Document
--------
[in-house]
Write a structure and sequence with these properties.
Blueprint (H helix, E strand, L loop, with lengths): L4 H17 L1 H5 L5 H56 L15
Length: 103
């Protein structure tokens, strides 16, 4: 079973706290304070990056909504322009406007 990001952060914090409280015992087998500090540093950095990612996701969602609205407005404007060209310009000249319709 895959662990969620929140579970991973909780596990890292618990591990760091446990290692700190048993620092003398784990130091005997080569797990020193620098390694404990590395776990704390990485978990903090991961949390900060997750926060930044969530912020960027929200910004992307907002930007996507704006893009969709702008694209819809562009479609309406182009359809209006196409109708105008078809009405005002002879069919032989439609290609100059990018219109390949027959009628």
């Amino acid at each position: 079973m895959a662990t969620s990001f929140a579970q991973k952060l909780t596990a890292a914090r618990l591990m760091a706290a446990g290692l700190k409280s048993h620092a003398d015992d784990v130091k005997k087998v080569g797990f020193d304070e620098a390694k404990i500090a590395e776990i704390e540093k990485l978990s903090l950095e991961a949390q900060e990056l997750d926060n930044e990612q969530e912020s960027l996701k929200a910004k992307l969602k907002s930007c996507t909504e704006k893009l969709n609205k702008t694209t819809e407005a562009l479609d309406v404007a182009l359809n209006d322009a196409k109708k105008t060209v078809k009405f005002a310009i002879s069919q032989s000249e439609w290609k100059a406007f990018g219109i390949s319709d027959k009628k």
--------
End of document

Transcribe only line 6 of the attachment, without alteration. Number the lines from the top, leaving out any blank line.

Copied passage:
């Amino acid at each position: 079973m895959a662990t969620s990001f929140a579970q991973k952060l909780t596990a890292a914090r618990l591990m760091a706290a446990g290692l700190k409280s048993h620092a003398d015992d784990v130091k005997k087998v080569g797990f020193d304070e620098a390694k404990i500090a590395e776990i704390e540093k990485l978990s903090l950095e991961a949390q900060e990056l997750d926060n930044e990612q969530e912020s960027l996701k929200a910004k992307l969602k907002s930007c996507t909504e704006k893009l969709n609205k702008t694209t819809e407005a562009l479609d309406v404007a182009l359809n209006d322009a196409k109708k105008t060209v078809k009405f005002a310009i002879s069919q032989s000249e439609w290609k100059a406007f990018g219109i390949s319709d027959k009628k």